December 18, 2009
snowmen and santas and ghosts and pumpkins
In early November, when Christmas began to flood the stores, I thought about making some new ornaments for my tree this year. I hadn't created homemade Christmas ornaments in many years. Particularly since those early creations have become the object of yearly ridicule. But motivated by the success of my Halloween tree ornaments and a new-found pride in my ornament-creating ability, that was about to change. Choosing not to blend Christmas and Halloween, I decided on snowflakes as the shape of choice and off I went to find a snowflake cookie cutter. Snowflake cookie cutters were thick on the ground in November. Big or small. Simple or elegant. Plastic or metal. They were everywhere. I found one that I liked at Michael's.
I bought it. I know I did. I'm not insane. I'm not beginning to slide into the early stages of dementia. I distinctly remember purchasing the snowflake cookie cutter, bringing it home, and placing it in the container with the other cookie cutters.
But when procrastination was finally overcome by Christmas spirit last week and I made my ornament dough and switched on the oven and opened the cupboard to retrieve my new cookie cutter . . . it wasn't there. Nowhere. I overturned the cookie cutter box. I searched the whole cupboard. I searched the surrounding cupboards. I interrogated my family. Nowhere.
Pushing aside disturbing fears of mental instability, I came to the conclusion that it had been misplaced and would eventually turn up. Likely in July. But that didn't help me now. I had ornaments to create. So off I went once again to locate a clone of that cookie cutter. The one I know I bought. But it was now mid-December. That favourite snowflake cookie cutter could not be found. Nor could any other snowflake cookie cutter. There were plenty of cookie cutters. There were Christmas trees. And gingerbread people. And snowmen. And candy canes. And mittens. But no snowflakes.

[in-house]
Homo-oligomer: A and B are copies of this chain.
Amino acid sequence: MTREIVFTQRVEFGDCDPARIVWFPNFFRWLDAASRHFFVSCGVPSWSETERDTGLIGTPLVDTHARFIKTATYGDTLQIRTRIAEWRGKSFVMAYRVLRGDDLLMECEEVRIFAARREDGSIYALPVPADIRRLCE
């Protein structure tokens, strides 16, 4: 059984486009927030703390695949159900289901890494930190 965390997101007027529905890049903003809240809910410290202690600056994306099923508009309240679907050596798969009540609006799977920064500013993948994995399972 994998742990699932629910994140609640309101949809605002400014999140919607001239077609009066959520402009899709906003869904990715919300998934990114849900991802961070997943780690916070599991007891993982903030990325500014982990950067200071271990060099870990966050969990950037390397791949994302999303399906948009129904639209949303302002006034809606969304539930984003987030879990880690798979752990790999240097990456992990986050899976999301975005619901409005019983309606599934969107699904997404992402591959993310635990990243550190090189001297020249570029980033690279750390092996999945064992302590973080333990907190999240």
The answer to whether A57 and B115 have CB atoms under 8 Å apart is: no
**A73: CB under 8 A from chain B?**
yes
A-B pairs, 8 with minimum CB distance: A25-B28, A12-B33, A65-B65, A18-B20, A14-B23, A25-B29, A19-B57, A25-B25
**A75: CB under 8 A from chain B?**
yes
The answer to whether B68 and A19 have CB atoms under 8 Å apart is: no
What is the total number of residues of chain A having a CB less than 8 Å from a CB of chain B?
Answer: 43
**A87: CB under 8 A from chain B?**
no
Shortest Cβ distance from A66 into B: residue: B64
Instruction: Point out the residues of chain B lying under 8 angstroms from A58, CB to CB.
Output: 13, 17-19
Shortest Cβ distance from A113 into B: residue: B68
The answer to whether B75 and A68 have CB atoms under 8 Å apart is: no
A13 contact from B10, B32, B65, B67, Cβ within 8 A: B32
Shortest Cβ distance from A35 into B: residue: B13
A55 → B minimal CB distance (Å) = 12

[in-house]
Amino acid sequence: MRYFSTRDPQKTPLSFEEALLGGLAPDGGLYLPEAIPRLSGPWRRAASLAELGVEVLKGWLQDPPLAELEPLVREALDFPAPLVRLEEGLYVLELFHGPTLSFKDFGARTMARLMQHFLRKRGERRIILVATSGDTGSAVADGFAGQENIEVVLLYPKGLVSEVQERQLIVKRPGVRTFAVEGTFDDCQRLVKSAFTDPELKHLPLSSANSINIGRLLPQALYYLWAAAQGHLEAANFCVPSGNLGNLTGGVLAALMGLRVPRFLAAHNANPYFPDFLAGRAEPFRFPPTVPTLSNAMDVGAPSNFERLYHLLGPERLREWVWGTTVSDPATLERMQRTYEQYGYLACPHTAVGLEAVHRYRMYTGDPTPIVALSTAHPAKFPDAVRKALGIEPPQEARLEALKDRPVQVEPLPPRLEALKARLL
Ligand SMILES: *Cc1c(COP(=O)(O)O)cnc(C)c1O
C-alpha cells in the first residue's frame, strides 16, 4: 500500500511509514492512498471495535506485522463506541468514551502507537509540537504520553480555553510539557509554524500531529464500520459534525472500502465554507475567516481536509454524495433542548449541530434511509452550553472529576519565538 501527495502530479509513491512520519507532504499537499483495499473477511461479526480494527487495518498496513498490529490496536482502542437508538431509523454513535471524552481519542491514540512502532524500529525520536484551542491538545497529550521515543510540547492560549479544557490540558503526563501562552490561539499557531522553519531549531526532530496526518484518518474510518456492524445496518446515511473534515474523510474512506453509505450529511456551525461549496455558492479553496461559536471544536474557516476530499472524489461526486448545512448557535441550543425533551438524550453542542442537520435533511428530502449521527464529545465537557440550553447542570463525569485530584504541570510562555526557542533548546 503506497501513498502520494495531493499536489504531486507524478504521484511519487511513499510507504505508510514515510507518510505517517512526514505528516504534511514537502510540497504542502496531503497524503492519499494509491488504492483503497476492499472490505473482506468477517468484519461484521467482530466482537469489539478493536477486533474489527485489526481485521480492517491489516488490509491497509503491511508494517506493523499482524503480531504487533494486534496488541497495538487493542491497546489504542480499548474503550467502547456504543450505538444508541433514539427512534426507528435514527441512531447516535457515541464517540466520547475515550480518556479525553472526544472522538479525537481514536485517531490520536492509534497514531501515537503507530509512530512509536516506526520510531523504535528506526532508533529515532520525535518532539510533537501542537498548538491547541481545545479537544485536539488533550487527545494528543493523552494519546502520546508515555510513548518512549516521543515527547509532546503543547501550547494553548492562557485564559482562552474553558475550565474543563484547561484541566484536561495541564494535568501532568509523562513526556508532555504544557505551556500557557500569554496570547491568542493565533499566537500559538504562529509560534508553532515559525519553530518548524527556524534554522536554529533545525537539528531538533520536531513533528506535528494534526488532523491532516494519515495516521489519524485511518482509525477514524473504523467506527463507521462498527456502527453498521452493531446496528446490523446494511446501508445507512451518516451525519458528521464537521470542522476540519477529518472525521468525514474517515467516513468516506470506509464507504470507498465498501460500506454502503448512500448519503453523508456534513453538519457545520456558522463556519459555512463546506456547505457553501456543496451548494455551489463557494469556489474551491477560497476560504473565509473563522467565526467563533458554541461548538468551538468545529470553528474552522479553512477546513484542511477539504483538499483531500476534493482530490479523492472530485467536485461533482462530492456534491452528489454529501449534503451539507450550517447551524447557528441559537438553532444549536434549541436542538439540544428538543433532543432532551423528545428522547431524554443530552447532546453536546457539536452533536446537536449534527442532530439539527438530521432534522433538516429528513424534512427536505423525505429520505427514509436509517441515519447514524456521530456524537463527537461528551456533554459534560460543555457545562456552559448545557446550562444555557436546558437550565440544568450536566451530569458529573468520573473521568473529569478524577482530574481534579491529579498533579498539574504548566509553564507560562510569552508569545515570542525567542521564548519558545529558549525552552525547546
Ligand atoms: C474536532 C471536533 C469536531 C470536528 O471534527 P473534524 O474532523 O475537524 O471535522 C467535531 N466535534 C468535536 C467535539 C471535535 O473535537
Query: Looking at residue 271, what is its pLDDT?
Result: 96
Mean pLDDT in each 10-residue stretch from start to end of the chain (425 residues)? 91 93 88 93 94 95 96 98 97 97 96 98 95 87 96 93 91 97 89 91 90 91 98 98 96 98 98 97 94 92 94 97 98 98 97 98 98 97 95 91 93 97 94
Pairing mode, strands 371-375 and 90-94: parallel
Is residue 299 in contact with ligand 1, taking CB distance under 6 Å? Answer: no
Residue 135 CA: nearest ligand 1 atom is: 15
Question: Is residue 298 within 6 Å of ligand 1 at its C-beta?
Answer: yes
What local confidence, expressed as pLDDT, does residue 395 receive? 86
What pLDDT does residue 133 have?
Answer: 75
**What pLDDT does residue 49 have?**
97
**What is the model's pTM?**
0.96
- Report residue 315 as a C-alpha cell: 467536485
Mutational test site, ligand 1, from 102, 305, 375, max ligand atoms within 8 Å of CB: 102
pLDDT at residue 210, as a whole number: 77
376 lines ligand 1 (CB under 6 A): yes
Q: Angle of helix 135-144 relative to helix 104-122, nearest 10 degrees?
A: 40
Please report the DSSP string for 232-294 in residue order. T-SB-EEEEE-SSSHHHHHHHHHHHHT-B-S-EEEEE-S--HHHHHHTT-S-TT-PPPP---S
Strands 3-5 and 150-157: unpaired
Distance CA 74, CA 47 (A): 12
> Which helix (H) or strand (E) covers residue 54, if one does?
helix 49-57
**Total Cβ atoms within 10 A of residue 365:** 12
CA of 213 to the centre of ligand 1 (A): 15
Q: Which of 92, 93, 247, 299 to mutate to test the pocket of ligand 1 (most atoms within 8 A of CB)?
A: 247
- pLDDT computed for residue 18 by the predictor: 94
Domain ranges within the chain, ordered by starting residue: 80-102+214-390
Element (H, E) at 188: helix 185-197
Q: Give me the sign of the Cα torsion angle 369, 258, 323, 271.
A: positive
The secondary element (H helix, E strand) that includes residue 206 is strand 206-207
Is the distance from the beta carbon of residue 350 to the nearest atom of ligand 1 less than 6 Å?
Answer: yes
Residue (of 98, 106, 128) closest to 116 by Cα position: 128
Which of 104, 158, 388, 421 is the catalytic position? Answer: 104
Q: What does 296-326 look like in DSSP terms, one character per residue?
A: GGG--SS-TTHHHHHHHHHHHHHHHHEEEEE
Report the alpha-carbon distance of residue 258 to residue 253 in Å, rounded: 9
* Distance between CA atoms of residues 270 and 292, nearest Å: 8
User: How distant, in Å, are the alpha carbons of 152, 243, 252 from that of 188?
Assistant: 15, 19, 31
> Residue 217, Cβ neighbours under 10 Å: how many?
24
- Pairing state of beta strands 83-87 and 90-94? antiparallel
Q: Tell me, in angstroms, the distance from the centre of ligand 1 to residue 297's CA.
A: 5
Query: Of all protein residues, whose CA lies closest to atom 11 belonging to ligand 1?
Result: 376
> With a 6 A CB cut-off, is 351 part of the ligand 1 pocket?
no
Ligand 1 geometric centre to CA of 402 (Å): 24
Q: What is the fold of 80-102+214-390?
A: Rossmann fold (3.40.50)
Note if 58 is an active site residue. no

After visiting six stores in a futile search for a snowflake cookie cutter, I was prepared to admit defeat. But then I made one final attempt. Home Outfitters was on my way home, so I stopped in. Just in case. I explored aisle after aisle in the kitchen department, passing cookie sheets and oven mitts and casserole dishes, ever vigilant for that elusive snowflake shape.
Suddenly, I saw it. Off in the distance. In the furthest recesses of the kitchen gadgets section. Not a snowflake cookie cutter of course (they had long since sold out of those). No, this was better than snowflakes. It was a large table that appeared to be enveloped in an aura of orange. As I drew nearer, I saw that it was filled with the remnants of Halloween. Ghost candles and pumpkin-shaped bowls and vintage-inspired paper decorations. My heart leaped with joy. I rushed over and began sorting through the merchandise, deciding upon a purchase.
Then, out of the corner of my eye, I saw them. Two store clerks. Looking quite concerned. They approached quickly and informed me that they were in the process of moving this table of Halloween goodness into storage and packing it up. This being Christmas season, after all. They seemed to regard me as odd.
I never did get a snowflake cookie cutter. But no matter. The desire to create snowflake ornaments had passed and I went home and had a glass of eggnog. I felt content. The day had been truly magical. The sight of those ghosts and pumpkins and bats amongst the snowmen and santas had warmed my heart and filled me with all the joys of the season.